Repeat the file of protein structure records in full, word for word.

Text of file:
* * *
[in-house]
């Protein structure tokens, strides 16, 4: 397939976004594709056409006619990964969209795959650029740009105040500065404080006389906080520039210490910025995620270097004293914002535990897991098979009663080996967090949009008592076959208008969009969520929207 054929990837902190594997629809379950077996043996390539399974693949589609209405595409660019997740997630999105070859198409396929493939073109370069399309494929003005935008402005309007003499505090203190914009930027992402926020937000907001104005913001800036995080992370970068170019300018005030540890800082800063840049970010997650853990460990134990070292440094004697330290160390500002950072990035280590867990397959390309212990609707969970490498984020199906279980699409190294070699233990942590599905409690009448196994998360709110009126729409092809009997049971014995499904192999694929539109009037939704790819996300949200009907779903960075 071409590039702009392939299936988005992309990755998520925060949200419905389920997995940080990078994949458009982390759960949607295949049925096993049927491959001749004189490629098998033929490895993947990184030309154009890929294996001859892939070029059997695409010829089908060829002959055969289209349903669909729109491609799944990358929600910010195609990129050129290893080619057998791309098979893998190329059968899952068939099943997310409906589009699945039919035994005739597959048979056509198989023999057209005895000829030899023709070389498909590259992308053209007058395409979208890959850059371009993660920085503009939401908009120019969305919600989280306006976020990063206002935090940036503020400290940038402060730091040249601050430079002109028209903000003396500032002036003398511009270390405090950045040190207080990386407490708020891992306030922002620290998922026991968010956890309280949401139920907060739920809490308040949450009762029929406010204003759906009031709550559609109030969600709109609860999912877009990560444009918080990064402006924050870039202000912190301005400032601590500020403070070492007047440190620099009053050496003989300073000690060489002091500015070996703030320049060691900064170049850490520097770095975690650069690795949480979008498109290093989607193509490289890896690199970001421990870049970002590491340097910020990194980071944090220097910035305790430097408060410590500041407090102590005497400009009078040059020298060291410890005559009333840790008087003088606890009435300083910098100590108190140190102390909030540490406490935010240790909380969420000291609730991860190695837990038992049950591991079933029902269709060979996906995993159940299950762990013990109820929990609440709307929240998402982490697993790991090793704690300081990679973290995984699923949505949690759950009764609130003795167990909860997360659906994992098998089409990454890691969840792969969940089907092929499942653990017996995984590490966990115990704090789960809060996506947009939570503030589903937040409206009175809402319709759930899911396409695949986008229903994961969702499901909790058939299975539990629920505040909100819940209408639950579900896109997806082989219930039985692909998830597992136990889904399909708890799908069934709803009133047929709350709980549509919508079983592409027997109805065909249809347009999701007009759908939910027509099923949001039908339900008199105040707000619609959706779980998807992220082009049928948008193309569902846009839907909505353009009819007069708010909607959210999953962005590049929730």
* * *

[in-house]
């Protein structure tokens, strides 16, 4: 397939976004594709056409006619990964969209795959650029740009105040500065404080006389906080520039210490910025995620270097004293914002535990897991098979009663080996967090949009008592076959208008969009969520929207 054929990837902190594997629809379950077996043996390539399974693949589609209405595409660019997740997630999105070859198409396929493939073109370069399309494929003005935008402005309007003499505090203190914009930027992402926020937000907001104005913001800036995080992370970068170019300018005030540890800082800063840049970010997650853990460990134990070292440094004697330290160390500002950072990035280590867990397959390309212990609707969970490498984020199906279980699409190294070699233990942590599905409690009448196994998360709110009126729409092809009997049971014995499904192999694929539109009037939704790819996300949200009907779903960075 071409590039702009392939299936988005992309990755998520925060949200419905389920997995940080990078994949458009982390759960949607295949049925096993049927491959001749004189490629098998033929490895993947990184030309154009890929294996001859892939070029059997695409010829089908060829002959055969289209349903669909729109491609799944990358929600910010195609990129050129290893080619057998791309098979893998190329059968899952068939099943997310409906589009699945039919035994005739597959048979056509198989023999057209005895000829030899023709070389498909590259992308053209007058395409979208890959850059371009993660920085503009939401908009120019969305919600989280306006976020990063206002935090940036503020400290940038402060730091040249601050430079002109028209903000003396500032002036003398511009270390405090950045040190207080990386407490708020891992306030922002620290998922026991968010956890309280949401139920907060739920809490308040949450009762029929406010204003759906009031709550559609109030969600709109609860999912877009990560444009918080990064402006924050870039202000912190301005400032601590500020403070070492007047440190620099009053050496003989300073000690060489002091500015070996703030320049060691900064170049850490520097770095975690650069690795949480979008498109290093989607193509490289890896690199970001421990870049970002590491340097910020990194980071944090220097910035305790430097408060410590500041407090102590005497400009009078040059020298060291410890005559009333840790008087003088606890009435300083910098100590108190140190102390909030540490406490935010240790909380969420000291609730991860190695837990038992049950591991079933029902269709060979996906995993159940299950762990013990109820929990609440709307929240998402982490697993790991090793704690300081990679973290995984699923949505949690759950009764609130003795167990909860997360659906994992098998089409990454890691969840792969969940089907092929499942653990017996995984590490966990115990704090789960809060996506947009939570503030589903937040409206009175809402319709759930899911396409695949986008229903994961969702499901909790058939299975539990629920505040909100819940209408639950579900896109997806082989219930039985692909998830597992136990889904399909708890799908069934709803009133047929709350709980549509919508079983592409027997109805065909249809347009999701007009759908939910027509099923949001039908339900008199105040707000619609959706779980998807992220082009049928948008193309569902846009839907909505353009009819007069708010909607959210999953962005590049929730």